FIG. 20 shows an igniter tip geometry with multiple discharge tips 2000a-d. The tips 2000a-d are shown in a symmetrical arrangement around the center tip 214b, to provide five different discharge locations. Of course, a number of tips other than five is also envisaged.

FIG. 21 shows an igniter tip geometry with multiple discharge tips 2100a-d that project from a cylindrical component 2102 encircling the electrode 214a. The discharge tips 2100a-d form a symmetrical (square) pattern at the combustion-side face of the igniter tip as shown in FIG. 21a, but the central electrode 214b that is shown in FIGS. 18A-20B is absent. Of course, a number of discharge tips other than four is also envisaged.

FIG. 22 shows an igniter tip geometry with the central electrode 214a exposed to the combustion zone, and with multiple discharge tips 2200a-d. The discharge tips 2200a-d are geometrically closer to the ground relative to the central electrode 214a. Now referring also to FIG. 23, the impedance between the central electrode 214a and ground is higher than the impedance between the electrode tips 2200a-d and ground. As such, when the combustion zone operates under conditions of low pressure (low density), the impedance between the central electrode 214a and the discharge tips 2200a-d through the combustion-zone gas is lower than that through the insulator material 1604, and discharge occurs on the central electrode tip 214a. When the combustion zone operates under conditions of relatively high pressure (i.e. high density), the impedance between the central electrode 214a and the discharge tips 2200a-d through the gas is higher than that through the insulator material 1604, and discharge occurs on the discharge tips 2200a-d.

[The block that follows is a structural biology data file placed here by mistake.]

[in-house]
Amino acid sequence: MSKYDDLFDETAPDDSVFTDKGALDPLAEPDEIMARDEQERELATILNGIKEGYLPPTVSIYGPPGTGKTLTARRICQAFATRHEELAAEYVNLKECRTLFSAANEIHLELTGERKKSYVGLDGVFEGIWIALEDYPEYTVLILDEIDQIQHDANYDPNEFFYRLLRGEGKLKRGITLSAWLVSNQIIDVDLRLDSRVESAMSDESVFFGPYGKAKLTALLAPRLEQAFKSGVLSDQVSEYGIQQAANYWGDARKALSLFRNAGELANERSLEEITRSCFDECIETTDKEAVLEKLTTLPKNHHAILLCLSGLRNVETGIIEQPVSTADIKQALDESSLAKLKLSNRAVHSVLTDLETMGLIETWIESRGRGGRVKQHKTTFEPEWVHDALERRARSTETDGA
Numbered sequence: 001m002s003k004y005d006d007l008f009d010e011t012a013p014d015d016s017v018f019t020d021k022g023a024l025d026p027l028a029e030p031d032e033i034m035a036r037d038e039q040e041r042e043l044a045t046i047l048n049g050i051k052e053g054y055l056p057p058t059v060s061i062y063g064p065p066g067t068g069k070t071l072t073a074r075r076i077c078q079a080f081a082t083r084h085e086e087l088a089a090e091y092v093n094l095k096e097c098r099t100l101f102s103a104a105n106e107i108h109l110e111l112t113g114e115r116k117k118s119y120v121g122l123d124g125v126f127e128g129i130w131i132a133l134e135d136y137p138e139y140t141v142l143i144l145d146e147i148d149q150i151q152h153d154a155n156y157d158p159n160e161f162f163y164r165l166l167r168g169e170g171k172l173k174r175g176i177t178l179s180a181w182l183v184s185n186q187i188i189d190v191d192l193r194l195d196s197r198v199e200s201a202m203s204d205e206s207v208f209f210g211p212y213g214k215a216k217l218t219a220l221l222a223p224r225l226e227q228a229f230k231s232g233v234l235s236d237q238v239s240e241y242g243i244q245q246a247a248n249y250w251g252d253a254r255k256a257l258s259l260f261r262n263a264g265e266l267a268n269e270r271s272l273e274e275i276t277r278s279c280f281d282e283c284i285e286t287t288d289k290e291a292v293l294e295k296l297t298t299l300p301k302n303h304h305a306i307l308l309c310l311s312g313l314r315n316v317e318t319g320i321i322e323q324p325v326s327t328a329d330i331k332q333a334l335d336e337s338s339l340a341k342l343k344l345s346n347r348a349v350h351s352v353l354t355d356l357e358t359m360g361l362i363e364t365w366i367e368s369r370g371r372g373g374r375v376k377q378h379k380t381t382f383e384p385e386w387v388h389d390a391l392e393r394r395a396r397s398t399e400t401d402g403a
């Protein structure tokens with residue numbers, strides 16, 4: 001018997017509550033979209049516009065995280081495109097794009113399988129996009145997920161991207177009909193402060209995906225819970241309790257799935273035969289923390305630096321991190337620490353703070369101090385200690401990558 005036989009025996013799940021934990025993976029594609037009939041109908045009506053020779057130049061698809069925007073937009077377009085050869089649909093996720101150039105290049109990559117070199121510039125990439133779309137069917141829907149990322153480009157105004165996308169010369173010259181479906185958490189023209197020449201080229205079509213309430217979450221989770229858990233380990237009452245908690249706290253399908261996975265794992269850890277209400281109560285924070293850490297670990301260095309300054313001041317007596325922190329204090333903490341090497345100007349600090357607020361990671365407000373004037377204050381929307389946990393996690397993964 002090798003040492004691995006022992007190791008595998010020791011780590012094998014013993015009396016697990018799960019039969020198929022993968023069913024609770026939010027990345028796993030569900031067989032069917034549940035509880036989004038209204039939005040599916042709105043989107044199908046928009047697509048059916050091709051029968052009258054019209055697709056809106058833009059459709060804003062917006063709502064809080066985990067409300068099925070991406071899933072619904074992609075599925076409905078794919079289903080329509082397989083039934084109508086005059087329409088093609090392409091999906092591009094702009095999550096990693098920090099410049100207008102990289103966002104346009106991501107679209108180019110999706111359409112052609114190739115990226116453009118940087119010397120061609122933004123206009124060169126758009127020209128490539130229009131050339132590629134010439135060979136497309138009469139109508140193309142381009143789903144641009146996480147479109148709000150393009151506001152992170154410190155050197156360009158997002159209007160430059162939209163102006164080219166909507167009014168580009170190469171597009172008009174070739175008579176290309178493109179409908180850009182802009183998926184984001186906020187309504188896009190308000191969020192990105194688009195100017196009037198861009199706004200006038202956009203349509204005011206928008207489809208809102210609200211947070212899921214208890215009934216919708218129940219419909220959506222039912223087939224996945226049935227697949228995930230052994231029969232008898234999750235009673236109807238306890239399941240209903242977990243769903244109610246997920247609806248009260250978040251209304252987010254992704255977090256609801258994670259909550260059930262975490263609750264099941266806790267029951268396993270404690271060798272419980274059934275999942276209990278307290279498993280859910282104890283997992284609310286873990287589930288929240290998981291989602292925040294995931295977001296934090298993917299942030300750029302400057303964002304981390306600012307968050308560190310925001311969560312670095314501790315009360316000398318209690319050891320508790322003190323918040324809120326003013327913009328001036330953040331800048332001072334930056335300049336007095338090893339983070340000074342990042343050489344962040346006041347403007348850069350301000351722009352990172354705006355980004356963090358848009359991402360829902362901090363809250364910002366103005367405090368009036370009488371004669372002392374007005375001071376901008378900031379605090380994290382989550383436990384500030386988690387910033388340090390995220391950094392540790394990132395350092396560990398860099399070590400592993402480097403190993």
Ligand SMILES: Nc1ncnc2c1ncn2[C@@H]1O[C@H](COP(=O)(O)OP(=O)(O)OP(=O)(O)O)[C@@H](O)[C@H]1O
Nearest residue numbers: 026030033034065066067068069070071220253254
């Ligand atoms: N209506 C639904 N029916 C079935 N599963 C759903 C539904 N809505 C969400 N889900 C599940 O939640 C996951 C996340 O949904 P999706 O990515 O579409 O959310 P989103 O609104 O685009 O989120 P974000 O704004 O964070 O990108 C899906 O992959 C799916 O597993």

While the above description constitutes a plurality of embodiments of the invention, it will be appreciated that the present invention is susceptible to further modification and change without departing from the fair meaning of the accompanying claims.